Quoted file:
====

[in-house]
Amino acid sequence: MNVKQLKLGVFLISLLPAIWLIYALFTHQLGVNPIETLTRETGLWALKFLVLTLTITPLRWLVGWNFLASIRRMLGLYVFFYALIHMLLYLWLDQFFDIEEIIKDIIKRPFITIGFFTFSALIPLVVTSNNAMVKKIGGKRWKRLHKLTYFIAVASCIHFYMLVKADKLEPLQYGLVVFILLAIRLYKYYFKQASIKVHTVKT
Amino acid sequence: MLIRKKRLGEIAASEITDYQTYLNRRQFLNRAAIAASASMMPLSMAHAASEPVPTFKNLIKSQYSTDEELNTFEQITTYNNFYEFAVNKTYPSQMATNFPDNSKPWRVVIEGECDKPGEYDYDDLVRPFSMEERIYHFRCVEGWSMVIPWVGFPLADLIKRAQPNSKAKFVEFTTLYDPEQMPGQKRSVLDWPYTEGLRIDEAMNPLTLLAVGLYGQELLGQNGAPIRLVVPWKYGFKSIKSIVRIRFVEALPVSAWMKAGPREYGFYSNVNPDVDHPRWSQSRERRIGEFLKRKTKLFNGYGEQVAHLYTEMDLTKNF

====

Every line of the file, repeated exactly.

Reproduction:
[in-house]
Amino acid sequence: MNVKQLKLGVFLISLLPAIWLIYALFTHQLGVNPIETLTRETGLWALKFLVLTLTITPLRWLVGWNFLASIRRMLGLYVFFYALIHMLLYLWLDQFFDIEEIIKDIIKRPFITIGFFTFSALIPLVVTSNNAMVKKIGGKRWKRLHKLTYFIAVASCIHFYMLVKADKLEPLQYGLVVFILLAIRLYKYYFKQASIKVHTVKT
Amino acid sequence: MLIRKKRLGEIAASEITDYQTYLNRRQFLNRAAIAASASMMPLSMAHAASEPVPTFKNLIKSQYSTDEELNTFEQITTYNNFYEFAVNKTYPSQMATNFPDNSKPWRVVIEGECDKPGEYDYDDLVRPFSMEERIYHFRCVEGWSMVIPWVGFPLADLIKRAQPNSKAKFVEFTTLYDPEQMPGQKRSVLDWPYTEGLRIDEAMNPLTLLAVGLYGQELLGQNGAPIRLVVPWKYGFKSIKSIVRIRFVEALPVSAWMKAGPREYGFYSNVNPDVDHPRWSQSRERRIGEFLKRKTKLFNGYGEQVAHLYTEMDLTKNF